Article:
So, in the fall, Ben was ten and in the sixth grade, the youngest and most precocious person of either gender in his class. Leslie was thirteen and in the seventh grade, only one grade ahead of Ben. If she wasn’t careful, she might fail another grade, and if that happened she and Ben would be in the same grade, even though she was three years older. She was sure she would never survive the humiliation if that came to pass.

On a crisp Saturday morning in October, Lesley wanted to go downtown on the bus to do some shopping. She still had some birthday money and wanted to spend it. Mother would only allow Lesley to go if Ben went along, too; it was no longer safe for children to ride the bus alone, she said. Ben was looking for new shoes and readily agreed to go along with Lesley. After breakfast the two of them set out to catch the fifteen-minute downtown bus.

Ben and Lesley had different ideas about how to have fun downtown. After Ben bought his new shoes, they couldn’t agree on where to go next, so Lesley said they should split up and meet later in a designated spot. Then they’d have a hamburger and a milkshake and go back home on the bus.

They parted on a busy street corner and agreed to meet at the same spot in an hour and a half or so. Whoever got there first would wait for the other. Ben went off to do his boy things and Lesley to do her girl things.

Fur collars were all the rage that fall. Lesley went to three different stores but wasn’t able to find one she liked. She bought herself a romance magazine (which she’d have to keep hidden), a pair of shoelaces, a half-pound of English toffee, a pair of toenail scissors, some stretchy gloves and paperback novel that she had to read for English class.

When she went back to the corner an hour-and-a half later to meet Ben, there were people everywhere. It was the busiest time of the day. She saw Ben standing near the stoplight, surrounded by other people, and then she saw he was with someone, or, rather, someone was with him. It was a grown man who had his hand on Ben’s shoulder. Lesley didn’t know who the man was but thought he might be one of one of Ben’s teachers or maybe the swimming coach from school.

She was about thirty feet away, walking toward Ben, when she saw another man. He had hold of Ben’s other arm, lightly, not forcefully, by the elbow as if he were leading him. A green car stopped at the corner and the back door opened. The first man got into the back seat of the car, followed by Ben and then by the second man. The door closed and the car sped away. It all happened in just a few seconds.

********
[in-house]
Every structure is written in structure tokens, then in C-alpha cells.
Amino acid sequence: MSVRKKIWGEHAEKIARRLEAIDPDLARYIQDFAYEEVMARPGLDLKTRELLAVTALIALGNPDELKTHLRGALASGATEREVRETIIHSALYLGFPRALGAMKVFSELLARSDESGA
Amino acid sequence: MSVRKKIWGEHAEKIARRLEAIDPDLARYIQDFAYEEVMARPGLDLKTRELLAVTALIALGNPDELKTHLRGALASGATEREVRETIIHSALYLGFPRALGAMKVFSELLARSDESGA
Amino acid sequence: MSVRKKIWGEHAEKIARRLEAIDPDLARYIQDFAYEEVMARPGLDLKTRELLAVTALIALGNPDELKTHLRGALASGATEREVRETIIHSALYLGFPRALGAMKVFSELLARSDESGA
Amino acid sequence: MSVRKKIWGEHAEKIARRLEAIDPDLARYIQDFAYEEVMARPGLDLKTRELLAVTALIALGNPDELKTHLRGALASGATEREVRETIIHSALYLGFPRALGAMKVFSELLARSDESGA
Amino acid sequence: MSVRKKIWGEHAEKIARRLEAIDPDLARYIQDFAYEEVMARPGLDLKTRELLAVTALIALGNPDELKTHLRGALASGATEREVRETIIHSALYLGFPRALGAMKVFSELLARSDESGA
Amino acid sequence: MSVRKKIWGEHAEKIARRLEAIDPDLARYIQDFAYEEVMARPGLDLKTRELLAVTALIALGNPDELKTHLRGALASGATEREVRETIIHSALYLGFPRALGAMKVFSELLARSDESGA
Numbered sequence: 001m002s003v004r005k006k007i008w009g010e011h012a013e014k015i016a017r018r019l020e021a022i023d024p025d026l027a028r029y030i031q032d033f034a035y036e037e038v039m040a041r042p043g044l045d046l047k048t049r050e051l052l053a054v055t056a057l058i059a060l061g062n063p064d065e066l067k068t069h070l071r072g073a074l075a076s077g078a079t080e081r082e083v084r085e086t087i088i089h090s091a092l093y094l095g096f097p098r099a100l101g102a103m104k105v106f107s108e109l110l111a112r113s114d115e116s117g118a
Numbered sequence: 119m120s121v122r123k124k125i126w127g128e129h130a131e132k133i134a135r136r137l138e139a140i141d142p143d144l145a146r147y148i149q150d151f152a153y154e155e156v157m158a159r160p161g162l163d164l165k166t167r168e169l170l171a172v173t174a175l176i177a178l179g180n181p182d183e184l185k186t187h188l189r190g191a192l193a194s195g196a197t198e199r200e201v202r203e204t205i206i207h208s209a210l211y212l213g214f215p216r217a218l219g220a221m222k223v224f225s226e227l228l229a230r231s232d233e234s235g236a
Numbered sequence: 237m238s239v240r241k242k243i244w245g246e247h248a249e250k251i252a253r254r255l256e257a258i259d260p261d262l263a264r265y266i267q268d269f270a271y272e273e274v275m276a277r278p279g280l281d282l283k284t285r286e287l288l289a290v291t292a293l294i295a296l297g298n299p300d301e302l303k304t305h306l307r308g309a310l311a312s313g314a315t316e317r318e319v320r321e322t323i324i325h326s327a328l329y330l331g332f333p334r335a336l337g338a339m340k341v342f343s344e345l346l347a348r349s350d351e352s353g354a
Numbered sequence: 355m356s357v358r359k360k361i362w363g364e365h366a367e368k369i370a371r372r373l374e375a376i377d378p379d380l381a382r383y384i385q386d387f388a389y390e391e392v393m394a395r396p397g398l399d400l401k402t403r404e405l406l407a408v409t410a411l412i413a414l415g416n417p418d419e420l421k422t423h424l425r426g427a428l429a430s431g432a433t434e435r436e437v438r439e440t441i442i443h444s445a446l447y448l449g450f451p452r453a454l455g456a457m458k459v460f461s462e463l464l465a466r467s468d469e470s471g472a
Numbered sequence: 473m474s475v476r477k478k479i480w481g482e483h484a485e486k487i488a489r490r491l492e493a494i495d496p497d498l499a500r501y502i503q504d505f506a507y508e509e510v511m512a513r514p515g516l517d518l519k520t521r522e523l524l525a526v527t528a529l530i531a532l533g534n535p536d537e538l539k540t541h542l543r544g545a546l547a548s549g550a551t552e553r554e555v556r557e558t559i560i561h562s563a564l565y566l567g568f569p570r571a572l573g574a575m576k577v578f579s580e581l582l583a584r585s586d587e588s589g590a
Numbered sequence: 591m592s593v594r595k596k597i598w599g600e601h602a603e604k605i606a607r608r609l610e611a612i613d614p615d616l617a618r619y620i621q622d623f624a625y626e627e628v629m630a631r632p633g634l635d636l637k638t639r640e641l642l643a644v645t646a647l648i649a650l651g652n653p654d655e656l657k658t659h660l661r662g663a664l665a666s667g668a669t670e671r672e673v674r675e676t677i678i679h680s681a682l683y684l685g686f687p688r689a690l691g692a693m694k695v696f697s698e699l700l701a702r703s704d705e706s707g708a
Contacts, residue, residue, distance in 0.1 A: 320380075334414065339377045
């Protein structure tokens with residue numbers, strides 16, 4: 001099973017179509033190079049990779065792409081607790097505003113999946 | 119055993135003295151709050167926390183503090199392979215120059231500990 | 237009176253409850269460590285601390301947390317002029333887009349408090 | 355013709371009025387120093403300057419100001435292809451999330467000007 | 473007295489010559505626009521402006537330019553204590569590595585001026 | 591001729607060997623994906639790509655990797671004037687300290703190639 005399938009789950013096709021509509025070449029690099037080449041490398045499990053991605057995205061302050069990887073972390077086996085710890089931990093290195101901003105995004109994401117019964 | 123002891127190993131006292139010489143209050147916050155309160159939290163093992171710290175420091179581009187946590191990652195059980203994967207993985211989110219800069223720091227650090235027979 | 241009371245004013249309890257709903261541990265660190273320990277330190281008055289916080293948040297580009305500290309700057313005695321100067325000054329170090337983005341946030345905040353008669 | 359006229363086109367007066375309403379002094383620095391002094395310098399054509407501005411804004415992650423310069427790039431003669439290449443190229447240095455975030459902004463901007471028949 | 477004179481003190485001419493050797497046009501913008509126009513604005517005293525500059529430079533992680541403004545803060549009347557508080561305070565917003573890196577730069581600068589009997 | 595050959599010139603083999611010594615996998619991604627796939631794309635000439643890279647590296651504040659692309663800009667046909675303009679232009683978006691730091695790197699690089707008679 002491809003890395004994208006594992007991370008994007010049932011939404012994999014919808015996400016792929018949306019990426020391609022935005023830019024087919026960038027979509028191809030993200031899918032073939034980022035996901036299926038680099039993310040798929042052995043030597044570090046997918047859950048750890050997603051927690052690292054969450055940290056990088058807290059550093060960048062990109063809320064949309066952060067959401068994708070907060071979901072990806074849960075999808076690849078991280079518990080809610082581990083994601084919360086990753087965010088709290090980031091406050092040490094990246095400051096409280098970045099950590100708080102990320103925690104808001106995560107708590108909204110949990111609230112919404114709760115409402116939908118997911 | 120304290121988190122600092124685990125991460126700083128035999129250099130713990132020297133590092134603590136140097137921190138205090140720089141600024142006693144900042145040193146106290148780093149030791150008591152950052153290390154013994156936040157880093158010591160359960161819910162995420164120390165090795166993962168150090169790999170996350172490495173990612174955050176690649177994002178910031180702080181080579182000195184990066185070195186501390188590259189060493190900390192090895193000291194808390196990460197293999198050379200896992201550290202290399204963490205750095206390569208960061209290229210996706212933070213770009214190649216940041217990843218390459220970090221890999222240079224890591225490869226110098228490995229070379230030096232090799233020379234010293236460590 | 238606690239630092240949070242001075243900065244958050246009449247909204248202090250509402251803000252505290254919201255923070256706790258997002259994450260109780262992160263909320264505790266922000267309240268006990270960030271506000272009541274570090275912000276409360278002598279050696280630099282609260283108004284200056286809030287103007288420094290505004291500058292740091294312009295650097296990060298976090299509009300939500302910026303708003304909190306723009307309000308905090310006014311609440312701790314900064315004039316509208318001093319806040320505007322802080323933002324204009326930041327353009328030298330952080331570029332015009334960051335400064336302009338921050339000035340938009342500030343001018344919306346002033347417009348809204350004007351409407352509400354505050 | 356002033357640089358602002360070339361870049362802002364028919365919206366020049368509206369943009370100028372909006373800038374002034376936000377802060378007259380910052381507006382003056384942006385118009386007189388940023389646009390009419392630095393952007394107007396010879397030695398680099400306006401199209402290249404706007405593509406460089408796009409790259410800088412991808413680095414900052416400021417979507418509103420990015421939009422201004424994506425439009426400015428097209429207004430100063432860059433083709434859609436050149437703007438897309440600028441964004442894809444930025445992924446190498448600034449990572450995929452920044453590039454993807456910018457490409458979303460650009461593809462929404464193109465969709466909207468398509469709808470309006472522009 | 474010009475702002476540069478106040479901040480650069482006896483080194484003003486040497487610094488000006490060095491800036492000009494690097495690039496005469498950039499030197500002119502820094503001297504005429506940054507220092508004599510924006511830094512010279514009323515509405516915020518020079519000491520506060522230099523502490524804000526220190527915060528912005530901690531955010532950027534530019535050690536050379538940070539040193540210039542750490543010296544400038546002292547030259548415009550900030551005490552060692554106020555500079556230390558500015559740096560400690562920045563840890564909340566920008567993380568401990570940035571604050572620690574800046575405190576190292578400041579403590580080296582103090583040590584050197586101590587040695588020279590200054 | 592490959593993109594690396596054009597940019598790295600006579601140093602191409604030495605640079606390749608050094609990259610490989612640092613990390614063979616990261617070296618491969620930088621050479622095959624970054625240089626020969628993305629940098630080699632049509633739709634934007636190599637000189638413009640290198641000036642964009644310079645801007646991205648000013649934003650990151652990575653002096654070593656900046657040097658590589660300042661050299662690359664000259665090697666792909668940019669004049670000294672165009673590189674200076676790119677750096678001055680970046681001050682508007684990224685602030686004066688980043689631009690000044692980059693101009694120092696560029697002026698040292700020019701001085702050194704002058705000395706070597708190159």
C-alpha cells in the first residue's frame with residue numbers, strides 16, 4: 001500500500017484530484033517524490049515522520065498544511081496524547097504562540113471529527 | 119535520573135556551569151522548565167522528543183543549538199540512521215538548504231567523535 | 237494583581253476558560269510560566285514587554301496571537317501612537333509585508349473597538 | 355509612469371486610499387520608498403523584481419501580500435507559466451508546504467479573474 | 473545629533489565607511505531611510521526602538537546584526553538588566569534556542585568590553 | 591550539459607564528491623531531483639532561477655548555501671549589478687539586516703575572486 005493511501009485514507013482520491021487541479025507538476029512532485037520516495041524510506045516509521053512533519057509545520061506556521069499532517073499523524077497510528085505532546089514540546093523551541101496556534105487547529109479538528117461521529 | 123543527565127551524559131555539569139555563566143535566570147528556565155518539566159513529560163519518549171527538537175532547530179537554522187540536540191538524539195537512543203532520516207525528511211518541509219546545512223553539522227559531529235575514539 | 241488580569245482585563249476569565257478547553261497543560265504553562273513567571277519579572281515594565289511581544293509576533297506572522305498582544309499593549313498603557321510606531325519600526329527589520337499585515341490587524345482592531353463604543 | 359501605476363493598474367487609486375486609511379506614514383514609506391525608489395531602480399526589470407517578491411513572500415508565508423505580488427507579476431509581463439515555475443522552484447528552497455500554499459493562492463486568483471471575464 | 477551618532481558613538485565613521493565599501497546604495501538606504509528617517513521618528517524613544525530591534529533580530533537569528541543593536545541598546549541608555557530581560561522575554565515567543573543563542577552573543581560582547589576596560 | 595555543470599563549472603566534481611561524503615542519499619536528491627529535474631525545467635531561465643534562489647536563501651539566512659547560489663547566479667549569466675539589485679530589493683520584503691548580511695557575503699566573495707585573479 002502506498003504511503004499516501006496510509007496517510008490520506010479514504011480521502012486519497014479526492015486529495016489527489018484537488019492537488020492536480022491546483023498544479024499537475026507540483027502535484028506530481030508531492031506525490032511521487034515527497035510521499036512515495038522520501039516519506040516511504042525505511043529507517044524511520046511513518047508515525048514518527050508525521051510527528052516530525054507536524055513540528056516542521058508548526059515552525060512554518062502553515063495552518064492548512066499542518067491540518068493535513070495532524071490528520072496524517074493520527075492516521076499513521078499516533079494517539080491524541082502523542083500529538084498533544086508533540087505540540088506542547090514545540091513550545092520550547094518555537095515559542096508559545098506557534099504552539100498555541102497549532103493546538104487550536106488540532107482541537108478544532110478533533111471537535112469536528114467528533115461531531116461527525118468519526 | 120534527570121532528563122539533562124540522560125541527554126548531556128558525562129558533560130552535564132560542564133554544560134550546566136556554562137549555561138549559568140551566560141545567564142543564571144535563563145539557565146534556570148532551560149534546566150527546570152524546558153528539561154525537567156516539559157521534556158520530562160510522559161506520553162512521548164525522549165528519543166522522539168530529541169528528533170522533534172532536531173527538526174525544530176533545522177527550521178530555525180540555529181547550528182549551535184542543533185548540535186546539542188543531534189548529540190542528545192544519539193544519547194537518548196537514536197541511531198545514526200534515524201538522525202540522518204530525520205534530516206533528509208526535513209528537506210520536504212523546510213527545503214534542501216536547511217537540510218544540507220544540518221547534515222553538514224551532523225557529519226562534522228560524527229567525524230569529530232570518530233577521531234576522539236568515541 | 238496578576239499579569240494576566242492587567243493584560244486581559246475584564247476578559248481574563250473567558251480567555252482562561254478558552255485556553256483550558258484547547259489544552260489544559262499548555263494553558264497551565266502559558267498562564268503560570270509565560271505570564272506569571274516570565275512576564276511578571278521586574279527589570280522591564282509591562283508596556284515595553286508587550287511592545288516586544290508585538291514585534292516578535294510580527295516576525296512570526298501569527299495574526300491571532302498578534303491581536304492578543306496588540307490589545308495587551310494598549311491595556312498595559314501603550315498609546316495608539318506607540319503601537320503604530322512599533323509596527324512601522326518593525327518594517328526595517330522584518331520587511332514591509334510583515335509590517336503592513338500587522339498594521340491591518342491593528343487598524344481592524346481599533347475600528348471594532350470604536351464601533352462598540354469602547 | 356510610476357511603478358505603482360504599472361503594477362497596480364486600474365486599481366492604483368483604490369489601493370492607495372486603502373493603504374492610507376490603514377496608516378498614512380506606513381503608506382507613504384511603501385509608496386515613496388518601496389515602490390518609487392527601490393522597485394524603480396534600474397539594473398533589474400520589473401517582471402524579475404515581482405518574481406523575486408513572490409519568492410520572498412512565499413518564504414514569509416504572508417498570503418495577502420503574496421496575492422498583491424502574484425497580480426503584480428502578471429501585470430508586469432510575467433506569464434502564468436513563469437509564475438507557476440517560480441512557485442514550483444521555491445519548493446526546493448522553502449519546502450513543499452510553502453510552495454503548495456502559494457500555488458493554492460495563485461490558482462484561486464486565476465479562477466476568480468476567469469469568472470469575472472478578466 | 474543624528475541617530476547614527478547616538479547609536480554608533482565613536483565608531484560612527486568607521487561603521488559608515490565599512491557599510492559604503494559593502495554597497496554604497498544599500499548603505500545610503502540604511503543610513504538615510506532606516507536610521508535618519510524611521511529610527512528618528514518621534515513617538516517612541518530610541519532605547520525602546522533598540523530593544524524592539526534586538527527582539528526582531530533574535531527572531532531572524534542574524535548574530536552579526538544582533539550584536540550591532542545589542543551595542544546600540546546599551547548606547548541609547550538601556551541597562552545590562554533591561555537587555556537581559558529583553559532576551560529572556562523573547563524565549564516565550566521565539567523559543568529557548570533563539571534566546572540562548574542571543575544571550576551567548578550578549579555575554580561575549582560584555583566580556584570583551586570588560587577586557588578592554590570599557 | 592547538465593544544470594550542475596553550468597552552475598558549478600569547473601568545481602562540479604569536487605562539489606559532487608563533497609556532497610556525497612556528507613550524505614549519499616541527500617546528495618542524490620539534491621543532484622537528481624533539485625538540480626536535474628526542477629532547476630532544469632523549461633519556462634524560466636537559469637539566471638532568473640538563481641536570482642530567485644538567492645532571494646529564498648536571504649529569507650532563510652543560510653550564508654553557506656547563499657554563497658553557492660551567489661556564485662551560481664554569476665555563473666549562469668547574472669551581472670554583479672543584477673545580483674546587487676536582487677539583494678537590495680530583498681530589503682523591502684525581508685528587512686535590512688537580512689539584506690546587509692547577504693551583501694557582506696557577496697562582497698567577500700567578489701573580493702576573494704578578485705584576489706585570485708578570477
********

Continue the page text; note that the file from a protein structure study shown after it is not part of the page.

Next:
Lesley stood on the corner for a few minutes, wondering what to do. Maybe the green car just went around the block for a spin and would be back in a minute or two. Should she wait?

Wait a minute, she thought. Why should I worry about Ben? Isn’t he the smart one? Isn’t he the resourceful one? Isn’t he the problem solver? He’s gone, isn’t he? Isn’t that what I’ve wanted every day and night of my life from the moment he was born?

She waited on the corner for about fifteen more minutes but still saw no sign of Ben or the green car. She was getting cold. All she could think to do was take the bus back home, tell mother what happened, and be absolved of all responsibility. Mother would yell at her, of course, but really, how was she to be blamed if Ben wanted to leave with somebody else? She wasn’t going to lose any sleep over it.

While she was waiting for the bus, she happened to run into two friends from school, Janey Jones and Helen Whitney. They asked Lesley if she was in any hurry to get home and when she said she wasn’t, they suggested they do a little shopping and find some high school boys to stare at and giggle over.

They walked around in the stores for a while, pretending to be grownup women out on the town. They tried on some lipsticks at the cosmetics counter in Pascale’s Department Store until the woman behind the counter came and stared at them and made them feel uncomfortable, so they left. They went to the dress department, where Helen Whitney tried on clothes while Janey Jones and Lesley waited impatiently for her.

After they split a pizza three ways and after many rounds of Coca-Colas, Lesley told her friends she’d better get home, as it was getting late and mother would begin to wonder what had happened to her. The whole time she was with Janey Jones and Helen Whitney, she never once mentioned Ben’s name.